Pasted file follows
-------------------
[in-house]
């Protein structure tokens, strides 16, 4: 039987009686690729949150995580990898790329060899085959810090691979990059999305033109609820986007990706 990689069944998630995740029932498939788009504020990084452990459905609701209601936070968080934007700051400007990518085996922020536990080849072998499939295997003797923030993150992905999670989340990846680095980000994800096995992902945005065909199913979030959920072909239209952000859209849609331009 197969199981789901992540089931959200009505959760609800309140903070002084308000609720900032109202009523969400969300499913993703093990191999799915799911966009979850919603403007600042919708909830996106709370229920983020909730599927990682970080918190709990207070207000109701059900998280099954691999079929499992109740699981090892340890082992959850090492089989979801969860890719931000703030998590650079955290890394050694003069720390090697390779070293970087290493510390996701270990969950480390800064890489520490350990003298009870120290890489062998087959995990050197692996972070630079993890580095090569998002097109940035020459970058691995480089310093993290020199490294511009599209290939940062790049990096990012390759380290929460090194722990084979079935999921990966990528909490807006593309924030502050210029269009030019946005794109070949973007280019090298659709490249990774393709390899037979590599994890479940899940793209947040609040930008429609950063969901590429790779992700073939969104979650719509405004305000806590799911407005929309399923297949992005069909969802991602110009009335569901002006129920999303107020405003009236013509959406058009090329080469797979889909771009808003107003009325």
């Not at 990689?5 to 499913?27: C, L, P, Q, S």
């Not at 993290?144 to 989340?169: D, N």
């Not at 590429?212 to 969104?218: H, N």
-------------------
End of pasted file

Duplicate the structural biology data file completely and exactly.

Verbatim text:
[in-house]
């Protein structure tokens, strides 16, 4: 039987009686690729949150995580990898790329060899085959810090691979990059999305033109609820986007990706 990689069944998630995740029932498939788009504020990084452990459905609701209601936070968080934007700051400007990518085996922020536990080849072998499939295997003797923030993150992905999670989340990846680095980000994800096995992902945005065909199913979030959920072909239209952000859209849609331009 197969199981789901992540089931959200009505959760609800309140903070002084308000609720900032109202009523969400969300499913993703093990191999799915799911966009979850919603403007600042919708909830996106709370229920983020909730599927990682970080918190709990207070207000109701059900998280099954691999079929499992109740699981090892340890082992959850090492089989979801969860890719931000703030998590650079955290890394050694003069720390090697390779070293970087290493510390996701270990969950480390800064890489520490350990003298009870120290890489062998087959995990050197692996972070630079993890580095090569998002097109940035020459970058691995480089310093993290020199490294511009599209290939940062790049990096990012390759380290929460090194722990084979079935999921990966990528909490807006593309924030502050210029269009030019946005794109070949973007280019090298659709490249990774393709390899037979590599994890479940899940793209947040609040930008429609950063969901590429790779992700073939969104979650719509405004305000806590799911407005929309399923297949992005069909969802991602110009009335569901002006129920999303107020405003009236013509959406058009090329080469797979889909771009808003107003009325």
């Not at 990689?5 to 499913?27: C, L, P, Q, S």
């Not at 993290?144 to 989340?169: D, N």
């Not at 590429?212 to 969104?218: H, N």